Opening this summer at London’s Saatchi Gallery, JR: Chronicles is a new exhibition encompassing over 15 years of JR’s brand of art as activism.
After finding a camera on the Paris metro in 2001, the French artist has gone on to gain international recognition, an Oscar nomination and a spot on Time’s 100 most influential people. His identity has remained loosely concealed by a hat and sunglasses throughout this time, due to the legal and safety risks associated with his public installations around the world.
The exhibition begins with the artist’s early experiments with photography and wheat pasting in public settings – still a core element of his practice today – while growing up in Paris in the early 2000s. This includes one of his earliest projects, Expo 2 Rue, where he documented graffiti artists and presented the images in the streets.
Expo 2 Rue was followed in 2004 by Portrait of a Generation in collaboration with artist and filmmaker Ladj Ly. The project comprised portraits of young people from Les Bosquets, a housing project in the Parisian suburb of Montfermeil, which were again expanded to huge scale and pasted in the streets. Following the 2005 Paris riots, JR returned to create new portraits that caricaturised stereotypes and depictions of the locals perpetuated by politicians and the media.
JR: Chronicles has been organised and curated by the Brooklyn Museum, which previously hosted the exhibition. The London presentation will include more recent works created in the time since, including two projects from 2019: The Secret of the Great Pyramid, which marked the Louvre Pyramid’s 30th anniversary, and Tehachapi, which involved photographing and working with maximum security prisoners in California.
The exhibition will include other projects celebrating overlooked members of society, such as Women Are Heroes and Wrinkles of the City. Also on display will be Faces Places, JR’s 2017 film co-directed with the late filmmaker Agnès Varda, which follows their road trip around France.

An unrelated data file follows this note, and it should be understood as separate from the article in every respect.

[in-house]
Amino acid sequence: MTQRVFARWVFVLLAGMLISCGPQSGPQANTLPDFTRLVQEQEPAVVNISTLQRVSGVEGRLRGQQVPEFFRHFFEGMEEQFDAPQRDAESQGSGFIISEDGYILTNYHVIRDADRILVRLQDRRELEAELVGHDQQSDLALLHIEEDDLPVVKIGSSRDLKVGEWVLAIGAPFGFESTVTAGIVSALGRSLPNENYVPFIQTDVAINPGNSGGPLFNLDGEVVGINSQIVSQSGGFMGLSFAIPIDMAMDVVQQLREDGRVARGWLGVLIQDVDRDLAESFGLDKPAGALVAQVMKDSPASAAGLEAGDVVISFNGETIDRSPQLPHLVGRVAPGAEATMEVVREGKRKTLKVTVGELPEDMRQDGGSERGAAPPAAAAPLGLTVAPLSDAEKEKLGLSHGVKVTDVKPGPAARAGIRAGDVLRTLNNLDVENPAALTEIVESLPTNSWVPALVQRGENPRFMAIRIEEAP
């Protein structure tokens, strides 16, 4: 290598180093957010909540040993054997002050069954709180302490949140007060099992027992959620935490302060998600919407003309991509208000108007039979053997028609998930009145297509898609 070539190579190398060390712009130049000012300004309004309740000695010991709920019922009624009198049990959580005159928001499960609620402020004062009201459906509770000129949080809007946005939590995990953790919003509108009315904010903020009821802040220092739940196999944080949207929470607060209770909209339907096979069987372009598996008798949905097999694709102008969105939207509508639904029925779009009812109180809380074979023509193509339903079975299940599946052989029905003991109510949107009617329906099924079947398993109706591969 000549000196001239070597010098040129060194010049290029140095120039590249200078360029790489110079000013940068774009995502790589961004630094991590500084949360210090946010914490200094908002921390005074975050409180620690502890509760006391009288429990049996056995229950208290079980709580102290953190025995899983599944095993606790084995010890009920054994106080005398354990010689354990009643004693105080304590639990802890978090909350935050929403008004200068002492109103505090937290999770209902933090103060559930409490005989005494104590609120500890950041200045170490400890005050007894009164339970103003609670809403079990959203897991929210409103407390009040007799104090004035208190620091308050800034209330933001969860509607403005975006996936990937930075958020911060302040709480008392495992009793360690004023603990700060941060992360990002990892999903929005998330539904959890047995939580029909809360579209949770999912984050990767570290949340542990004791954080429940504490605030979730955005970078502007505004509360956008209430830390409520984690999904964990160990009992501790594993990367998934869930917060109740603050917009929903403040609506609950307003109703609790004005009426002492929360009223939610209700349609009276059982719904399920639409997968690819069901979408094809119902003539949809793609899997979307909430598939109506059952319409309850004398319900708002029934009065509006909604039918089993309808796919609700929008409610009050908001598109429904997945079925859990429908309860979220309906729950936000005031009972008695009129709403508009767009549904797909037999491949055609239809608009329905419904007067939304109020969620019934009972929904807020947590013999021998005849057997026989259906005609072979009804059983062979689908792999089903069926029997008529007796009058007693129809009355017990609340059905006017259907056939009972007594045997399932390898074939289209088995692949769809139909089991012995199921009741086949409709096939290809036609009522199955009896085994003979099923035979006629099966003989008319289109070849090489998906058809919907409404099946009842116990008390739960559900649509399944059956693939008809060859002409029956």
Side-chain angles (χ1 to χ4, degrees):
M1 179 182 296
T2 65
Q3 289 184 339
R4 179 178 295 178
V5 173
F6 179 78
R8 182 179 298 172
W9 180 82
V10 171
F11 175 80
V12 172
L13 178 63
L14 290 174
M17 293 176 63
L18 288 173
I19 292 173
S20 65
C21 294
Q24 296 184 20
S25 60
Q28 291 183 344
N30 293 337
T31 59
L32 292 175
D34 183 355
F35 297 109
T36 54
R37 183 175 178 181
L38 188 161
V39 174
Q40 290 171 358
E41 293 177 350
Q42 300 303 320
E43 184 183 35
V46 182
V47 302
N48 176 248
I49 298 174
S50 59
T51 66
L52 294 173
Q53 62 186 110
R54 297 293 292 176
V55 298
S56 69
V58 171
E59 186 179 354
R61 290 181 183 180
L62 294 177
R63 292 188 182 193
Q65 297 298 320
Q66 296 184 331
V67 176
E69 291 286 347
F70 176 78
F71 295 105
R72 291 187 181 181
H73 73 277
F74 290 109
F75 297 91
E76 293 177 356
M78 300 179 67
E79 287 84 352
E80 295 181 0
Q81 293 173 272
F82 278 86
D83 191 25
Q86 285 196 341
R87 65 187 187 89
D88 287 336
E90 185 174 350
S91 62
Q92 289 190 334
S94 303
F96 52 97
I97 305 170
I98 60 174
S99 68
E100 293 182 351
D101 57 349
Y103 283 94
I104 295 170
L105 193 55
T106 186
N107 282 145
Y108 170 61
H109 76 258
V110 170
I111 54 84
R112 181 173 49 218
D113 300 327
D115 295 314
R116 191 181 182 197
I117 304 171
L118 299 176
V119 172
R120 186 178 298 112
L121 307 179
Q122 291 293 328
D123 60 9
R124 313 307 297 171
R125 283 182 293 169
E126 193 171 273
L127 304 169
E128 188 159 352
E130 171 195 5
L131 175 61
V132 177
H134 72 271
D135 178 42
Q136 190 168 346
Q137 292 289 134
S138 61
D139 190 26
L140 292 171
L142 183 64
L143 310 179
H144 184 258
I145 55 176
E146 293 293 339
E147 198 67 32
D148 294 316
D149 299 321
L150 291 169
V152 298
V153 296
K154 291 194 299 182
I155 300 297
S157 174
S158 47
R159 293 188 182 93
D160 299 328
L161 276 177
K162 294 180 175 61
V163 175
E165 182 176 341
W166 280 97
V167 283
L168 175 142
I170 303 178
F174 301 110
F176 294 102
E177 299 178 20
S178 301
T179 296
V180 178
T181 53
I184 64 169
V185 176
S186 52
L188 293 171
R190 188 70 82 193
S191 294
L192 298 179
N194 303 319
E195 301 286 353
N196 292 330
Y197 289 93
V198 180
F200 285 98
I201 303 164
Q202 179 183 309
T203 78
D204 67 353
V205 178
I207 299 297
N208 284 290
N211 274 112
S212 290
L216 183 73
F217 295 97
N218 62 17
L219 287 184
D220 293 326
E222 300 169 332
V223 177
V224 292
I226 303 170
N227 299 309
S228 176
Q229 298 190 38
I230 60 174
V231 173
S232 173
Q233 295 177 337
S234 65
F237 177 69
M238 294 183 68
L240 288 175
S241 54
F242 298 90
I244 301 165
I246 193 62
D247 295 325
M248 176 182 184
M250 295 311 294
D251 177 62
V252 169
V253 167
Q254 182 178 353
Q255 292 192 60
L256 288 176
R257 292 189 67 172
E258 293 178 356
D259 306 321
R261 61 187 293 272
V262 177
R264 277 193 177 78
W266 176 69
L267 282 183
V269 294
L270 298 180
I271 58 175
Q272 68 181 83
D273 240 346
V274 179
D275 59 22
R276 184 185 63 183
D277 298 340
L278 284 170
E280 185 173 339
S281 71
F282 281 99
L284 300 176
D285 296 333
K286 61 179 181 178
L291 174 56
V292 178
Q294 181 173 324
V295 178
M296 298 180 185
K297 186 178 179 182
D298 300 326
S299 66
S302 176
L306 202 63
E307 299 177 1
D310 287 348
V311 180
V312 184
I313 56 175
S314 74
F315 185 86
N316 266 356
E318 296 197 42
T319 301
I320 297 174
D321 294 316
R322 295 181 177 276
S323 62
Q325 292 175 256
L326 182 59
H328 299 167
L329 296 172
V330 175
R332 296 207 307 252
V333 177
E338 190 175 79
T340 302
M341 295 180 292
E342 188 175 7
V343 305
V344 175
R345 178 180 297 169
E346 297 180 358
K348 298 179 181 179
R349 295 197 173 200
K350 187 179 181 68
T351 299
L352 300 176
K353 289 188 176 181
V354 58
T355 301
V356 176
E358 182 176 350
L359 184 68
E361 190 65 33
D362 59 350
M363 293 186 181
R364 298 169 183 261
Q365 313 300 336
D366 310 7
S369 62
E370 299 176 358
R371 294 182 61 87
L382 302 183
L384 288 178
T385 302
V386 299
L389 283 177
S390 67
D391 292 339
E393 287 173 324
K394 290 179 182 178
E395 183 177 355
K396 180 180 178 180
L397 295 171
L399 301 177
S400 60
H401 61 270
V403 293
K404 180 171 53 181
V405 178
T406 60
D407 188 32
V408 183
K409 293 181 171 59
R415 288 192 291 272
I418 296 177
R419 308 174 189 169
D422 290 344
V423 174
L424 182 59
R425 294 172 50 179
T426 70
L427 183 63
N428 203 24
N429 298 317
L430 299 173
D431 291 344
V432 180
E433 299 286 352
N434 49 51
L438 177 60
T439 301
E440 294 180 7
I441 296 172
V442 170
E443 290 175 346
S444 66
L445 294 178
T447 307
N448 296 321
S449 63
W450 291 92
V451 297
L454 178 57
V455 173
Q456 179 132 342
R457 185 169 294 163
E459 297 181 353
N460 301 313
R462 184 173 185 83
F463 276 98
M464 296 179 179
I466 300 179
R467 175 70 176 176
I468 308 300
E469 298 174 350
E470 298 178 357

Whether pasting prisoners’ portraits in the Tehachapi prison yard or his projects at the borders between Palestine and Israel or the USA and Mexico, the scale involved in many of JR’s works means that the full message and impact is best seen from afar, rather than in the location itself.
However, there is an element of participation and exchange involved in his practice: for example, people are often given a copy of their portraits, as with his global photography project Inside Out, which has been running for ten years.
Executing his work in public spaces also means that it can be altered, manipulated or interpreted by anyone. “That’s what I love: the fact that it’s in the street and it belongs to the people, truly, and the interpretation of it depends on the context and the frame of reference, where people have been growing up and what it means there,” JR said in a recent talk about his new book How Old Am I. “A pasting in one place is art and in another means crime.
“I’m always really interested by what people think and how they interpret [my work],” he added. “I’m interested by their own narrative, because it’s more interesting than mine. It helps me, almost like a [sociologist], to understand how people think in the country, and in this way to really understand what’s the mentality, what’s the state of mind in all the places I’ve travelled to, and not just stay on the surface.”